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BenQ XL2430T 24-Inch 144Hz Gaming Monitor Review

BenQ sent over a 144Hz-capable 24-inch screen priced attractively. As a gamer, it'd be hard to ignore this model, which doesn't offer G-Sync support, but does deliver a great picture and excellent maximum refresh rate for less than $400.

OSD Setup And Calibration Of The XL2430T

OSD Tour

The XL2430T’s OSD is just like every other BenQ monitor we’ve tested: full-featured and efficient. Pressing any bezel key or the wheel on the S Switch brings up a small menu.

The top three slots can be programmed for many quick-access functions. Above you can see how the menu looks from the factory. We changed the third one from Display Mode to Brightness, making it easier to adjust the backlight when using Blur Reduction. Clicking Menu brings up the full OSD.

There is a lot here. Fortunately, it’s logically grouped into four sub-menus, the first of which contains gaming settings.

The big star is of course Blur Reduction. If you use it with an HDMI source, it’s either on or off, resulting in an 81-percent brightness reduction. You get a pulse-width adjustment called Intensity over DVI and DisplayPort, along with an Area slider.

At the default setting of 10, Intensity causes only a 51-percent light reduction, which can be easily compensated for by turning up the backlight. You can run Intensity up to 25, but then you’re looking at 96 percent less light output.

The Area slider is something we haven’t seen before. It is intended to selectively reduce blur depending on image content. In our tests, it only seemed to cause tearing and jitter artifacts when turned up too high. It comes set to 10, and that's where it works well.

Black eQualizer tweaks low-end gamma to help improve contrast. Since it starts at zero, it also crushes detail if you increase more than a little.

Color Vibrance increases saturation and may satisfy some users. Colors look more vivid, though the feature can also cause a loss of image detail.

Low BlueLight is a feature found on most BenQ monitors. It reduces blue and warms the image to reduce eye fatigue. Using the Standard picture mode already gets you pretty close to D65, so we recommend leaving this one alone.

Instant Mode increases the pixel clock to improve response. We enabled it for all our tests.

Auto Game Mode applies different enhancement settings depending on content. If you want consistency between games, it’s best to leave this off.

Save Settings lets you preserve the game options to one of three memory slots. They can then be called up using the three buttons on the S Switch. If you change any picture settings in the next menu, they apply globally.

All of the calibration adjustments are in the Picture menu. You get eight image modes – three for FPS and RTS games, three memories for custom gaming settings plus Movie and Standard. Our favorite is Standard, which is very accurate out of the box and can be tweaked for even better performance.

AMA is another tool to help improve the panel’s response time. We set it on High for our tests.

Dynamic Contrast improves perceived contrast at the expense of a skewed gamma curve. If you don’t mind sacrificing a little detail, it can be used sparingly.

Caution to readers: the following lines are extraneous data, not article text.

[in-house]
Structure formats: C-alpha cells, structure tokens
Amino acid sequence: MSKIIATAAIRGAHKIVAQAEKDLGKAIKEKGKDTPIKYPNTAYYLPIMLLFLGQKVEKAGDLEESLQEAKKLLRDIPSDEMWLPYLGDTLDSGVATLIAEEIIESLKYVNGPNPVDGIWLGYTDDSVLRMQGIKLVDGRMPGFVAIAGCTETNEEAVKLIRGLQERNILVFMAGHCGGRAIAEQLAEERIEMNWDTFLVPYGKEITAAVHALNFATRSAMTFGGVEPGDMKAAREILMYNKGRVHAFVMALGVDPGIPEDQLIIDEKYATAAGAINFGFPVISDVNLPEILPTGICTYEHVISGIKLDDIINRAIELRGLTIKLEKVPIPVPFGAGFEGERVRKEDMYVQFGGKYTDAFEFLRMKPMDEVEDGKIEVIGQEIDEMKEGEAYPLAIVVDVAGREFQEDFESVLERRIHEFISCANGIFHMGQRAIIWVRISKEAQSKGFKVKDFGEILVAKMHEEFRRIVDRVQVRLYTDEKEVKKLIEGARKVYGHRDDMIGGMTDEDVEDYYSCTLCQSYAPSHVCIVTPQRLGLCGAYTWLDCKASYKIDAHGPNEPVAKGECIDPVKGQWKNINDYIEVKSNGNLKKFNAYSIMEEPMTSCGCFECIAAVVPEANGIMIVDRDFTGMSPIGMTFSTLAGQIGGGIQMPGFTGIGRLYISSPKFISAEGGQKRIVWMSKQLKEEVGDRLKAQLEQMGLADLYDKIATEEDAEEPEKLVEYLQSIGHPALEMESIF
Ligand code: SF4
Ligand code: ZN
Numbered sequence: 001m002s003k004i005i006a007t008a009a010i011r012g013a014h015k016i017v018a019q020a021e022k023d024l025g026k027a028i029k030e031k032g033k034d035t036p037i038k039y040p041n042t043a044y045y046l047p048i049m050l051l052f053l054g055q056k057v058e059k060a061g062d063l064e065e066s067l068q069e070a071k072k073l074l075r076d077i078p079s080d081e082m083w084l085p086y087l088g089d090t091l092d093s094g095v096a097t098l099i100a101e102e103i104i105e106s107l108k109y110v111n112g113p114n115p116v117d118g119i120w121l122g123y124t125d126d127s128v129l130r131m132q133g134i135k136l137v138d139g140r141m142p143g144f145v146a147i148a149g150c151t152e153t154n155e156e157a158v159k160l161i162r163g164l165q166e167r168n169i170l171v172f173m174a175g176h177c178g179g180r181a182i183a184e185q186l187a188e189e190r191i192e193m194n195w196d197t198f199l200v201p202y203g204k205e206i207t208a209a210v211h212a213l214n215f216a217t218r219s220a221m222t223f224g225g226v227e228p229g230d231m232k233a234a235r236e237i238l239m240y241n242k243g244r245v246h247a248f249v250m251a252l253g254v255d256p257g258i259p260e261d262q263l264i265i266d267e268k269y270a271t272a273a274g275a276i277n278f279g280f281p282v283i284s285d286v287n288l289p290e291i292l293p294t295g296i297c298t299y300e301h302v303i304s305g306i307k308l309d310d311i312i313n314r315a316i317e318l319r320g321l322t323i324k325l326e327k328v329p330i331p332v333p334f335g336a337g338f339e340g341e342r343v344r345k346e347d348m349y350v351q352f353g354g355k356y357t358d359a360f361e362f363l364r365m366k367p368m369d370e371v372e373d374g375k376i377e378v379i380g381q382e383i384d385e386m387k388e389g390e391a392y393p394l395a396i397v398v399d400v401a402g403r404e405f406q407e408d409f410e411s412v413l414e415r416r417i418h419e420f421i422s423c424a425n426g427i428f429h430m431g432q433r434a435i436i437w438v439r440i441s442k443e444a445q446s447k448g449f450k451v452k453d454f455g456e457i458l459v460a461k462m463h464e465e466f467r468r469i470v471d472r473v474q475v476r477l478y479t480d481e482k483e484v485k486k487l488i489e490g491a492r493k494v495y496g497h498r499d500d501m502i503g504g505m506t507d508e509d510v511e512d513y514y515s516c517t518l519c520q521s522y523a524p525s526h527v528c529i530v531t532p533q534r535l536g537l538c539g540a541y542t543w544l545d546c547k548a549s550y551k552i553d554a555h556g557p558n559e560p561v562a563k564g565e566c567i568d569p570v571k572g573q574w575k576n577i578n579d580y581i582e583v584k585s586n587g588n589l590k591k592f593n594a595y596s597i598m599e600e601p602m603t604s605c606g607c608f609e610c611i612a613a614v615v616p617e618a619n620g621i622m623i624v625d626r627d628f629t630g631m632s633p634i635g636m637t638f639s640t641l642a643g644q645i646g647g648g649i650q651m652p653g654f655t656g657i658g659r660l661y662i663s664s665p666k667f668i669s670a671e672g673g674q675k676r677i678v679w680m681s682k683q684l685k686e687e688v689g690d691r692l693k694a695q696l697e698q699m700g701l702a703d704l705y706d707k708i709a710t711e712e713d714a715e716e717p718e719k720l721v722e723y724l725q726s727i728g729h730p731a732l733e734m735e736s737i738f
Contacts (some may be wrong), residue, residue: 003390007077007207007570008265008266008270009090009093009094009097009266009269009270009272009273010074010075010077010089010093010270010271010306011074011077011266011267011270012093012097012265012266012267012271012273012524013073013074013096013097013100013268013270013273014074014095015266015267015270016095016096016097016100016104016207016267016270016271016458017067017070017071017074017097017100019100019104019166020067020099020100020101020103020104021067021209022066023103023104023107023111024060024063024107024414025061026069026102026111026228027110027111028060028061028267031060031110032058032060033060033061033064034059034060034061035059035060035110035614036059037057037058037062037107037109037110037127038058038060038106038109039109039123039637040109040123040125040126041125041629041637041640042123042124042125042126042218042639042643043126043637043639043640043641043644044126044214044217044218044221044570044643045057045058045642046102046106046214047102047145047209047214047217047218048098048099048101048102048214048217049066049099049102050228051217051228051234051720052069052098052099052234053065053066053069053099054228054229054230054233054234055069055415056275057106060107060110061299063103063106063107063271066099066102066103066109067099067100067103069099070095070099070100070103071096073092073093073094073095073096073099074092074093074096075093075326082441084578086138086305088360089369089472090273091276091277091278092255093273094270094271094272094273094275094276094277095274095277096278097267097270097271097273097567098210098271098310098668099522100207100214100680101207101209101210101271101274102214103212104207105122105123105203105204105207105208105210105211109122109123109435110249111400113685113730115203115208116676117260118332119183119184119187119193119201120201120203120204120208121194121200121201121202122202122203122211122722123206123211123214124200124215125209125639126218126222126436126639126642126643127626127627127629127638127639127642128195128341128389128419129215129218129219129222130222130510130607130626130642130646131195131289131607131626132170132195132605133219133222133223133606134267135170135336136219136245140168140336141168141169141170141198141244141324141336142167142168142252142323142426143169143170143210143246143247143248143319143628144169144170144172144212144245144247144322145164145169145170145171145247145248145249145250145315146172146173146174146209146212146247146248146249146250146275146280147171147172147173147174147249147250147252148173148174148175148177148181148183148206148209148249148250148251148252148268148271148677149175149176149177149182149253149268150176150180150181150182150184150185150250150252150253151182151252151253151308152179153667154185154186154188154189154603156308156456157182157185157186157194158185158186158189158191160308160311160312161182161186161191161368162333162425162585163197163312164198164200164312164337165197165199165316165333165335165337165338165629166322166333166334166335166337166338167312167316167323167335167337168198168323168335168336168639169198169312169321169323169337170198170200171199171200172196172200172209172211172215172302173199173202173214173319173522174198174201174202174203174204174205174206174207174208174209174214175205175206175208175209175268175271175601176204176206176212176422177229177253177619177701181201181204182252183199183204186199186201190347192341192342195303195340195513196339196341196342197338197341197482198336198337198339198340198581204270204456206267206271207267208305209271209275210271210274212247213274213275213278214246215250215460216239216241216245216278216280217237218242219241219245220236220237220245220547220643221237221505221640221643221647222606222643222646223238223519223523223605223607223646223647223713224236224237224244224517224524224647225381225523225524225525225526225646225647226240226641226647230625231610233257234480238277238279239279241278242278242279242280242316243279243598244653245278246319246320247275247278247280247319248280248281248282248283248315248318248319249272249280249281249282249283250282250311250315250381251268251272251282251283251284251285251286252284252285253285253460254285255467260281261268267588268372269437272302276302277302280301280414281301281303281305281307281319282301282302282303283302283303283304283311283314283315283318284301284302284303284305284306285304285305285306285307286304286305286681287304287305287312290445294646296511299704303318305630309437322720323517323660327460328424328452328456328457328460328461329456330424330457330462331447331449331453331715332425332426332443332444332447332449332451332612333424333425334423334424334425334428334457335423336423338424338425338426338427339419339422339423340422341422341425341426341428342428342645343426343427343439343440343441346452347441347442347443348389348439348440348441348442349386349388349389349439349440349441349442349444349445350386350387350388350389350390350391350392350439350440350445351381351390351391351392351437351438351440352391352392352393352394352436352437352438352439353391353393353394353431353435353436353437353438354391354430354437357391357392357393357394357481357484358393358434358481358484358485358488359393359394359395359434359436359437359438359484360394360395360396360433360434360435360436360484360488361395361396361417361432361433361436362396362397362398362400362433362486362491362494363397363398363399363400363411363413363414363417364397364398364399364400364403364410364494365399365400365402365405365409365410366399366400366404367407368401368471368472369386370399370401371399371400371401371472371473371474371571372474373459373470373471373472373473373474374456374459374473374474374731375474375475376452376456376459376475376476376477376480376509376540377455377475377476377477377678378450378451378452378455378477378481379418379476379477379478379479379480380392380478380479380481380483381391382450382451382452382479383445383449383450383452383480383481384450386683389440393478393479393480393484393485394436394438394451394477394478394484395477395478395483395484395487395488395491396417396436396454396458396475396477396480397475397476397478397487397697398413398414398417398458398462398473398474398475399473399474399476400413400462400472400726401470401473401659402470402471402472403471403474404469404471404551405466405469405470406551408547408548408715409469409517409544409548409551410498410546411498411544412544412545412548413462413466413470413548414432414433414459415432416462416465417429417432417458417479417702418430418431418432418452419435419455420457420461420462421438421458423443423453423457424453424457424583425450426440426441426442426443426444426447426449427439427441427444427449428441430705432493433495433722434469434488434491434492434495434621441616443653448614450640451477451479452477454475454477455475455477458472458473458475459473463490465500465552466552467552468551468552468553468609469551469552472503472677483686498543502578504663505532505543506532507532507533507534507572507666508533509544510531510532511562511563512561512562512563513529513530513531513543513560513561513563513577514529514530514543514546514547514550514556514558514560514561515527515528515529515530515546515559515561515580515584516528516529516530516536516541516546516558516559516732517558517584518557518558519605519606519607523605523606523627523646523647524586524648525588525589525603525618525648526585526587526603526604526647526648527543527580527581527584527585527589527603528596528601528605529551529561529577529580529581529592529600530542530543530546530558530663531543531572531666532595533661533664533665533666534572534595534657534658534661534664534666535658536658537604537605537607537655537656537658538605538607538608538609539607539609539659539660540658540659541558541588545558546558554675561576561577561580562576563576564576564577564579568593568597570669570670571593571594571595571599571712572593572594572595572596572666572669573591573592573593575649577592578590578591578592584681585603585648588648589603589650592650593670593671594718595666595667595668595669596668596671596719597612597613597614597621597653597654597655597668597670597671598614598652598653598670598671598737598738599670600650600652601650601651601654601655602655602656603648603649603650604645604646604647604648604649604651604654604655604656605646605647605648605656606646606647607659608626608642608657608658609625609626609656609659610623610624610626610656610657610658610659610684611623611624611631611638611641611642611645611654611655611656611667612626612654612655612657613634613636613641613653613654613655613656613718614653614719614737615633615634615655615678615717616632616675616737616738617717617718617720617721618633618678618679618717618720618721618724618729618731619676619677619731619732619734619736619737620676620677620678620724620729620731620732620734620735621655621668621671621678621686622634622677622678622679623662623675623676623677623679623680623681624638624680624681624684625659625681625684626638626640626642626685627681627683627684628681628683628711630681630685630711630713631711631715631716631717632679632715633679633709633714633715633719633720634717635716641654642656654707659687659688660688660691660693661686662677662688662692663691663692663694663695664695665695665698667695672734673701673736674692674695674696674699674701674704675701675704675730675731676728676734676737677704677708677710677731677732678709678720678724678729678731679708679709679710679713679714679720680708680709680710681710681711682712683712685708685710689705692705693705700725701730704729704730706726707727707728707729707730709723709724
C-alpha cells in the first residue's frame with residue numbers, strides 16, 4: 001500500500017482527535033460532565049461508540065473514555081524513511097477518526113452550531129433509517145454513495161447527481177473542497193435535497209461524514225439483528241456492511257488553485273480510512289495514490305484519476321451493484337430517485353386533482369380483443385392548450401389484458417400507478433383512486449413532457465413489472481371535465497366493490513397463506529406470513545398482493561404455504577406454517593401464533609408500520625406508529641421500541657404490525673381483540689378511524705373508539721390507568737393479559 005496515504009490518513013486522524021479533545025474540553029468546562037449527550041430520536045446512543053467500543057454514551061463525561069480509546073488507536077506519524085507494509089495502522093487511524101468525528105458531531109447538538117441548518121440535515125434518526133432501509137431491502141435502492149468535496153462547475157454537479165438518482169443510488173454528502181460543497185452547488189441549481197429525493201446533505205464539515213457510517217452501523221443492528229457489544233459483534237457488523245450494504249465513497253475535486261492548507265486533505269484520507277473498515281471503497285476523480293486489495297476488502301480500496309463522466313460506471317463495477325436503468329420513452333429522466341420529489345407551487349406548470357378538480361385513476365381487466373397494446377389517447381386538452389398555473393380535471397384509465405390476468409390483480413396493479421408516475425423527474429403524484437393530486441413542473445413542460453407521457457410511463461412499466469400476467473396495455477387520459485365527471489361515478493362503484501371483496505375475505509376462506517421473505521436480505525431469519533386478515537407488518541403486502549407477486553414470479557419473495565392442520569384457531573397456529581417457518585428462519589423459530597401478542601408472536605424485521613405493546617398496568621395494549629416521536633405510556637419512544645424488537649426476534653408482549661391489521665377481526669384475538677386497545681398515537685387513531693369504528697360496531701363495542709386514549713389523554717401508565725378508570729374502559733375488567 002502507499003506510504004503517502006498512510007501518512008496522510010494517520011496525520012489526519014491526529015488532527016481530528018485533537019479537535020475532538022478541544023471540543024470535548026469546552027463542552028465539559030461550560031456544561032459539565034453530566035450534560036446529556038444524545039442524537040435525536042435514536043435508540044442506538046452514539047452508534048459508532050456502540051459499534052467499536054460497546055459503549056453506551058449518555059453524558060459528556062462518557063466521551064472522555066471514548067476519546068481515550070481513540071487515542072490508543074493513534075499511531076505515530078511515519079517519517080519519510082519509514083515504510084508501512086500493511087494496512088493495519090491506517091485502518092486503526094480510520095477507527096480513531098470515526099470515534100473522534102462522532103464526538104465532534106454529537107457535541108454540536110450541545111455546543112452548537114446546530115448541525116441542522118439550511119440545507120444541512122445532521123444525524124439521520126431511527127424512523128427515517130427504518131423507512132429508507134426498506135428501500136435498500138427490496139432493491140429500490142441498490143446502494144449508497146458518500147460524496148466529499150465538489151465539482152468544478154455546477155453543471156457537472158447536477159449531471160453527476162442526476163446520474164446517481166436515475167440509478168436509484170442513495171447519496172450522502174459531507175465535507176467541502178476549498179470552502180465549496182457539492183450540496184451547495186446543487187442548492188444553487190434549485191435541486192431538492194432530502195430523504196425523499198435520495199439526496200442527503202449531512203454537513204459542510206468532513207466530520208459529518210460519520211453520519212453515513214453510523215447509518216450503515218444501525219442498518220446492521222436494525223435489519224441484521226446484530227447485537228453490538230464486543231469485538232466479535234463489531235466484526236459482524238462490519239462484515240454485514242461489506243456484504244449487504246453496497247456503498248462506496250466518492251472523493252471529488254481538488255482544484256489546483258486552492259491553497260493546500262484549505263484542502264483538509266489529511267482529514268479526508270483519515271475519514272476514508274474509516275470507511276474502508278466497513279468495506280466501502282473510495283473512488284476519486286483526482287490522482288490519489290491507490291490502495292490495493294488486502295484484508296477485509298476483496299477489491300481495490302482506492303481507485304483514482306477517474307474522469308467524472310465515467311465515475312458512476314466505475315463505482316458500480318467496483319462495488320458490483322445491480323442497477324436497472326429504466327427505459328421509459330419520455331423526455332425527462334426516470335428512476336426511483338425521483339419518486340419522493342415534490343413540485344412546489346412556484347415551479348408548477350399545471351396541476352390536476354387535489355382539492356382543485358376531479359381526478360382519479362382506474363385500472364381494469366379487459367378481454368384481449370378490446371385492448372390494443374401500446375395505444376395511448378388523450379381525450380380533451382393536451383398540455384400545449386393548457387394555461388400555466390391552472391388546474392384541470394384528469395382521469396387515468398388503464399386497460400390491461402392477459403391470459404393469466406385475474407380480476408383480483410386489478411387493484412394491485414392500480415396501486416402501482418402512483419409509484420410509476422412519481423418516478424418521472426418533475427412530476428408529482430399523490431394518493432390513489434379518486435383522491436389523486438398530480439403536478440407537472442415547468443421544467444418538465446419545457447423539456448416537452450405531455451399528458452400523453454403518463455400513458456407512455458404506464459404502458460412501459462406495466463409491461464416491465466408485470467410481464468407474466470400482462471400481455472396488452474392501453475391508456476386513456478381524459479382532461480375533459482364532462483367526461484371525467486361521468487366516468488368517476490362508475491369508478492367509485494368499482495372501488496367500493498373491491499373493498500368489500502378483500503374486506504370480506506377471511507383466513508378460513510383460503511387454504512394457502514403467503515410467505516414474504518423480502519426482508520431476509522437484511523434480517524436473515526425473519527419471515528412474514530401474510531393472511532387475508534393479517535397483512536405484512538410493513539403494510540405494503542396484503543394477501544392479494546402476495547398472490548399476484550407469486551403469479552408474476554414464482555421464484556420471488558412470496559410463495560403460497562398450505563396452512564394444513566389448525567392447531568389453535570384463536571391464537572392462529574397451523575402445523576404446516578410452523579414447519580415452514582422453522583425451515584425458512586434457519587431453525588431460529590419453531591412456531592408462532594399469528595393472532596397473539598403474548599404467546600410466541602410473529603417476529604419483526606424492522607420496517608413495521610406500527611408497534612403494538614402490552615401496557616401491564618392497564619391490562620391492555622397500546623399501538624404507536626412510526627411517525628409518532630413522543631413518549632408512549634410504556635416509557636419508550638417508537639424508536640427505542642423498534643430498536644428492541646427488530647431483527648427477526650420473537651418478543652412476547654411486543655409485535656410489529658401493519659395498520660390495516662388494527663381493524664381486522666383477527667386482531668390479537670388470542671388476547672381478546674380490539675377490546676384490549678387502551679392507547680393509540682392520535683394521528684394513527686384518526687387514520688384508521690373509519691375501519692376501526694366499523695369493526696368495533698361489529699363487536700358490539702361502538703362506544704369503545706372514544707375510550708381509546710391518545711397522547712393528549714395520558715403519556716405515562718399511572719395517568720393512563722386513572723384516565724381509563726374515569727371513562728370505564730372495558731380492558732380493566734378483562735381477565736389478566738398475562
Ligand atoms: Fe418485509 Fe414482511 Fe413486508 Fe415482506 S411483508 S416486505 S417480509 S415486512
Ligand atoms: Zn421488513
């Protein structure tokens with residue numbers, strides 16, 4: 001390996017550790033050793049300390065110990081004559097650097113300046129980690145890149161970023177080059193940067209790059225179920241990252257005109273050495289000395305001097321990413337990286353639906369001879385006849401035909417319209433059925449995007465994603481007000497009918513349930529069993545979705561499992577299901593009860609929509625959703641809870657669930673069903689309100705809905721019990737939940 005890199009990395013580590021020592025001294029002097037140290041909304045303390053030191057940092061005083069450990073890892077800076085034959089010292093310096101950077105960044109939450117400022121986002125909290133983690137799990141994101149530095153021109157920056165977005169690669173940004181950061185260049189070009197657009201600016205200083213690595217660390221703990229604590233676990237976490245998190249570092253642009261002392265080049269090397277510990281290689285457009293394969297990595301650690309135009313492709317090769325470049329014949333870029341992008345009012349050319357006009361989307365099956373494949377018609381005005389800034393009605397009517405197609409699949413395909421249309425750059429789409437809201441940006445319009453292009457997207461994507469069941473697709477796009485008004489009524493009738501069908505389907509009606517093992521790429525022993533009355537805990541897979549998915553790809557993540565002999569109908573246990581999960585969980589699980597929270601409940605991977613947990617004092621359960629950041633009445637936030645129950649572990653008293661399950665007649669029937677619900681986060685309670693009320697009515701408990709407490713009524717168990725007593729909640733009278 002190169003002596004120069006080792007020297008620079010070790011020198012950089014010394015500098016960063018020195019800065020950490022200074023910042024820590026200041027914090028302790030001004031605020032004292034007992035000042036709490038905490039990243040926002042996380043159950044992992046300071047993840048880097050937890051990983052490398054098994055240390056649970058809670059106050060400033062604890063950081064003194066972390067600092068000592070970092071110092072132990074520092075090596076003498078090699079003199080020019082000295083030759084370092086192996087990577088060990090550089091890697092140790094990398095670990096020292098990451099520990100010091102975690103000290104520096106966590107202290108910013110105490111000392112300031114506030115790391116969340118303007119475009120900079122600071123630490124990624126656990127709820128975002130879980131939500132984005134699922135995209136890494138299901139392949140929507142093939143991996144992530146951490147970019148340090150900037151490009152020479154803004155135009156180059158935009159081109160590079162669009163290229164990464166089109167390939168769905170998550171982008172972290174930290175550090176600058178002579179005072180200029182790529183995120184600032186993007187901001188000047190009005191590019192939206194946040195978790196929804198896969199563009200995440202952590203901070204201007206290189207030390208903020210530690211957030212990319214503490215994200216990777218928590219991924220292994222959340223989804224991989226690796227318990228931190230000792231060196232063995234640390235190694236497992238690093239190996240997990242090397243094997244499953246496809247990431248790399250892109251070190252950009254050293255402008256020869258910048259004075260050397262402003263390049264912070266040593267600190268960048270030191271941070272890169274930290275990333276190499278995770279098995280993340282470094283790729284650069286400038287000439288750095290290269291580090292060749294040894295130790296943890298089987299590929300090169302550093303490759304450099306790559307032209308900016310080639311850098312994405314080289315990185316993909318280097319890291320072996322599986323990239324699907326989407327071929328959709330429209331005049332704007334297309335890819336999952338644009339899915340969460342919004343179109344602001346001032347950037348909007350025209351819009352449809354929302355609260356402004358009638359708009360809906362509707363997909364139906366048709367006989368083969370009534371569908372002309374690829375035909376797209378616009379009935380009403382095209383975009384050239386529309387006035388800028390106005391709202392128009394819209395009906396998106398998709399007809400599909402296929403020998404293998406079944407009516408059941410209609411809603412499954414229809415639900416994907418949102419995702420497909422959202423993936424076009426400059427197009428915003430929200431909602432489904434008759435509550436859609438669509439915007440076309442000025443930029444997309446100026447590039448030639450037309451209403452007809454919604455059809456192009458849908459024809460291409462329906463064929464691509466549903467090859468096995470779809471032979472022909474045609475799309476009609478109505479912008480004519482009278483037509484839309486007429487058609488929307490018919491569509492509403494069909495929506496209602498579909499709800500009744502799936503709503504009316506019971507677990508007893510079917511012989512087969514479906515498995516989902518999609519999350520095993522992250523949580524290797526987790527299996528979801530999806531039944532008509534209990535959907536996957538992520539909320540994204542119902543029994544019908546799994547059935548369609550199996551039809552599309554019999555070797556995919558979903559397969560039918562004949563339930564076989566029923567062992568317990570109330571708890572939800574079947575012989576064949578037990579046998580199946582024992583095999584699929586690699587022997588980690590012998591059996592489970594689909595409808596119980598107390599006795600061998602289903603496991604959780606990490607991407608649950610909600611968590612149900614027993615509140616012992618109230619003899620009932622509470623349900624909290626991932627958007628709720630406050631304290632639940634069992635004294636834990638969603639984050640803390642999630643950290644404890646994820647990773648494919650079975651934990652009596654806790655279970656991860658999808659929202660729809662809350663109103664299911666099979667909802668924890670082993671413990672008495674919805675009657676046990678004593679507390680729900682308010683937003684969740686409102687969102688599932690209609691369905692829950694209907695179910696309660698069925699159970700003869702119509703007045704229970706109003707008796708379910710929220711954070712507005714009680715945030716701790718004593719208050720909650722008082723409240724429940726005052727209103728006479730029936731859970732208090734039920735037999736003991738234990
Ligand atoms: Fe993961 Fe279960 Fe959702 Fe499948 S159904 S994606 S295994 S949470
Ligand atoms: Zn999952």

There are five gamma presets, and the fifth option is best. The others are all too light and create a somewhat dull image. Regardless of the other options you choose, we recommend Gamma 5 for all content.

Here are the RGB sliders. They are available in the gaming modes as well, but they are most effective in Standard. You won’t need to change them much to achieve excellent grayscale tracking. The Normal, Bluish and Reddish presets are fixed and can’t be adjusted.

The Display menu contains the input selector and a few other options.

Display Mode refers to image sizing. Full represents a 1:1 pixel map for incoming signals. The other options size the image to match different game screens. This is a great way to avoid distorted images in older titles designed for 4:3 monitors.

HDMI RGB PC Range comes set to levels 16-235, which is incorrect. Change it to 0-255 for proper compatibility with PC signals. If you use DisplayPort or DVI, the option is grayed-out and the XL2430T handles PC-range content correctly.

Overscan is useful when watching TV broadcasts full-screen. You can use it to remove garbage pixels from edges of the image.

The final menu, System, has OSD options, languages, signal info and a factory reset option.

Customkeys refer to the top three bezel control buttons. They can be set to a variety of monitor functions, saving you a trip to the OSD when making quick changes.

Signal info gives you the active input, plus incoming and outgoing resolution, along with refresh rate.

The Other Setting menu has little-used options like on-screen notices. The main one to be concerned with is DDC/CI. Leave it on so the monitor can communicate with your PC.

Calibration

Once we switched to the Standard picture mode, our work was largely done. Tweaking the RGB sliders and setting the gamma to preset five produced a great image, yielding excellent test results. It’s easy to maintain contrast post-calibration thanks to a control that allows some upward adjustment. We could raise it to 52 before any clipping occurred. Sharpness works just fine at level five. Any higher and obvious edge enhancement appears, which actually reduces the clarity of small fonts and objects.

BenQ XL2430T Calibration Settings
Picture ModeStandard
Brightness48
Contrast52
Sharpness5
Gamma5
Color Temp UserRed 99, Green 100, Blue 98
Christian Eberle
Christian Eberle is a Contributing Editor for Tom's Hardware US. He's a veteran reviewer of A/V equipment, specializing in monitors.